As head of the Judicial Conference and primary spokesperson for the judicial branch, the Chief Justice wields enormous power over the development and implementation of ethical mandates. With three of the country’s leading experts in judicial ethics arguing that Judge John G. Roberts, Jr. should not have participated in Hamdan v. United States, an important war-on-terror case, while interviewing for a seat on the Supreme Court, ethical issues were already sure to be a topic at his confirmation hearings. With his nomination to be the Chief Justice of the United States, Roberts’ views on judicial ethics become far more important.
As explained in the attached memorandum entitled “The Special Powers of the Chief Justice: Judicial Ethics,” Chief Justice Rehnquist fiercely defended the ability of judges to make essentially unreviewable decisions about the propriety of their own judicial conduct. Rehnquist opposed rules limiting the discretion of judges in taking corporate funded retreats, accepting honoraria, and he set a high bar regarding when judicial disqualification was necessary. Rehnquist’s position on each of these issues was controversial and led to confrontations with members of Congress from both political parties.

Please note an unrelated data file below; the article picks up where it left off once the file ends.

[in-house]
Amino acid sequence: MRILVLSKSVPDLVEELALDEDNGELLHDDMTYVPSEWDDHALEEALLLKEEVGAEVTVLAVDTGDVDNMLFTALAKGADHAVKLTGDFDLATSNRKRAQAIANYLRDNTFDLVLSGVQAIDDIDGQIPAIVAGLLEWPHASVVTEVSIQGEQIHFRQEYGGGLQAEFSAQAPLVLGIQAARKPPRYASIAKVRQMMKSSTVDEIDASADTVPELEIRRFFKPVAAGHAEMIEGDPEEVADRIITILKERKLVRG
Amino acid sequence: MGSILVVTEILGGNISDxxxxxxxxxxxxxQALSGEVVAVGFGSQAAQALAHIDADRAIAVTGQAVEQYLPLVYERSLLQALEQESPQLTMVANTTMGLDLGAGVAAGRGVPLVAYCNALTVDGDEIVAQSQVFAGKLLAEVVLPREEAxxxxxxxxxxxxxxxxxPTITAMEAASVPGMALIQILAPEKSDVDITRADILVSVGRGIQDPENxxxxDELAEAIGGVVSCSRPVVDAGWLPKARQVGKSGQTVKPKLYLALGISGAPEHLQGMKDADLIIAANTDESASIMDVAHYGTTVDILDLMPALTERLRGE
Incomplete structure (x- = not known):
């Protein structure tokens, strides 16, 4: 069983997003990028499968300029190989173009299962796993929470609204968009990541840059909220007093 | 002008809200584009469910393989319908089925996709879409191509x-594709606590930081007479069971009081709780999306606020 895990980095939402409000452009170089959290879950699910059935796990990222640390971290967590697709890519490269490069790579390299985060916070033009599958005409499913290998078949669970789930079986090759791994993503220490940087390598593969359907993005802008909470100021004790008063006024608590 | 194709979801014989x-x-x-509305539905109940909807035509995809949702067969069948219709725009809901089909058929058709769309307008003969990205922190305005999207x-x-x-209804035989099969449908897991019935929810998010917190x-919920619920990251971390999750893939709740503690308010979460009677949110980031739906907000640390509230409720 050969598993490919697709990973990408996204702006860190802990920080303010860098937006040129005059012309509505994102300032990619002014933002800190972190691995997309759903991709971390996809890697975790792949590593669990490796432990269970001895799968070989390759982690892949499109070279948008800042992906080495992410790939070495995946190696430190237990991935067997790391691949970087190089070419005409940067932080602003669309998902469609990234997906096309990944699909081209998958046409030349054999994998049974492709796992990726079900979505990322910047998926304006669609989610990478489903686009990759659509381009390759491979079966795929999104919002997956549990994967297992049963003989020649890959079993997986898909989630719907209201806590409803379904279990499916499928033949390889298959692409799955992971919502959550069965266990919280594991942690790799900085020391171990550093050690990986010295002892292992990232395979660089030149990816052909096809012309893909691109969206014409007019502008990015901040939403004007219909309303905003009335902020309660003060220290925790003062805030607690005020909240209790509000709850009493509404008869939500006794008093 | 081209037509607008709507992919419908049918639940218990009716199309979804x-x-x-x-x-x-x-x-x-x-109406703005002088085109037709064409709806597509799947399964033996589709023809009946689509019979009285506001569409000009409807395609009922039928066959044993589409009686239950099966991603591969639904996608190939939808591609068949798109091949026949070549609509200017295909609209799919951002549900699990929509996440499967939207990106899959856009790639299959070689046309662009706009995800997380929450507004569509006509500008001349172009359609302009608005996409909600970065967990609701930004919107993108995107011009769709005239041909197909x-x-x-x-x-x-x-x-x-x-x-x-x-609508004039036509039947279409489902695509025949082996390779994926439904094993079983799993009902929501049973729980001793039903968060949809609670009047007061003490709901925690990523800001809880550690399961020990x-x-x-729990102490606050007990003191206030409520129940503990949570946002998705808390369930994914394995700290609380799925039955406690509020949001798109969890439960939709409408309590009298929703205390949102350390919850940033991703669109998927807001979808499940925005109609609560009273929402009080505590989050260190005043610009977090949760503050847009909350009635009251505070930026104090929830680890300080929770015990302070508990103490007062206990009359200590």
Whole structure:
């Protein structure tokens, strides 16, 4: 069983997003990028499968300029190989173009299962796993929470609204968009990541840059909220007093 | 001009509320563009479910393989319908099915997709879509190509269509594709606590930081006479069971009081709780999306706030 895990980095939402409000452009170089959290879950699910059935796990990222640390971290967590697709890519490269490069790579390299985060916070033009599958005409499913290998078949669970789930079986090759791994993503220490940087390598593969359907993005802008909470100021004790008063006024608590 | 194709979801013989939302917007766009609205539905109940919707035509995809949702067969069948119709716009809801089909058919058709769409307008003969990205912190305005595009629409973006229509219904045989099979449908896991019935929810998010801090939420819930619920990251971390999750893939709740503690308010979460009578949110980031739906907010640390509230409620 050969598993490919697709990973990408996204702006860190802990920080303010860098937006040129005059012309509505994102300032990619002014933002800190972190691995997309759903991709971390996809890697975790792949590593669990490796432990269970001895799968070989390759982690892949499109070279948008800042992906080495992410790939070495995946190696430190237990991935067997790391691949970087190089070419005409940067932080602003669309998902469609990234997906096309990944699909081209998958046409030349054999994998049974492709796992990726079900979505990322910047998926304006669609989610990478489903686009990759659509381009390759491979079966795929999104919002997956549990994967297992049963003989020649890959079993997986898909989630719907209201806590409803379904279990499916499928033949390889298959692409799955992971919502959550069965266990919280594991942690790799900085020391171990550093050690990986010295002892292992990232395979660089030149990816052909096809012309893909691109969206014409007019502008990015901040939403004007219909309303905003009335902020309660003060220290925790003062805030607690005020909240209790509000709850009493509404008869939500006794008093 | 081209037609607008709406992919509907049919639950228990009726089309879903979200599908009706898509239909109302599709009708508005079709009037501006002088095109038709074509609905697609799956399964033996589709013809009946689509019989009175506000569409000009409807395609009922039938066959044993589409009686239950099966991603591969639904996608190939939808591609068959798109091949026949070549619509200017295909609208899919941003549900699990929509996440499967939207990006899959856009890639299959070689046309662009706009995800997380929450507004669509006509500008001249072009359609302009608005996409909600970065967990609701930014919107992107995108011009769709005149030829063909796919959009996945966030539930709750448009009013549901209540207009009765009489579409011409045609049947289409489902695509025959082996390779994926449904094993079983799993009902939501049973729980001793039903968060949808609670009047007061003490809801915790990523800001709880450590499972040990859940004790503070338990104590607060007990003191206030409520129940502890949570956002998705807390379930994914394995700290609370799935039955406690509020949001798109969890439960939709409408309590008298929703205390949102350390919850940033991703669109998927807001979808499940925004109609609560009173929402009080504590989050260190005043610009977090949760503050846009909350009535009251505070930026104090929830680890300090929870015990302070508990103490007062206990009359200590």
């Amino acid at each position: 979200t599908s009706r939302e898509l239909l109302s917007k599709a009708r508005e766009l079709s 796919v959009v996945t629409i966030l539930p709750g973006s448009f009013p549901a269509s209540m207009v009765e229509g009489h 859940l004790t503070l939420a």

The Chief Justice is more than one vote on the Supreme Court. As CEO of the judicial branch he wields tremendous influence over issues such as judicial ethics, which are of significant concern to Congress. Senators have good reason, and great responsibility, to press Roberts for his views on critical ethical issues.
To see this memorandum click here.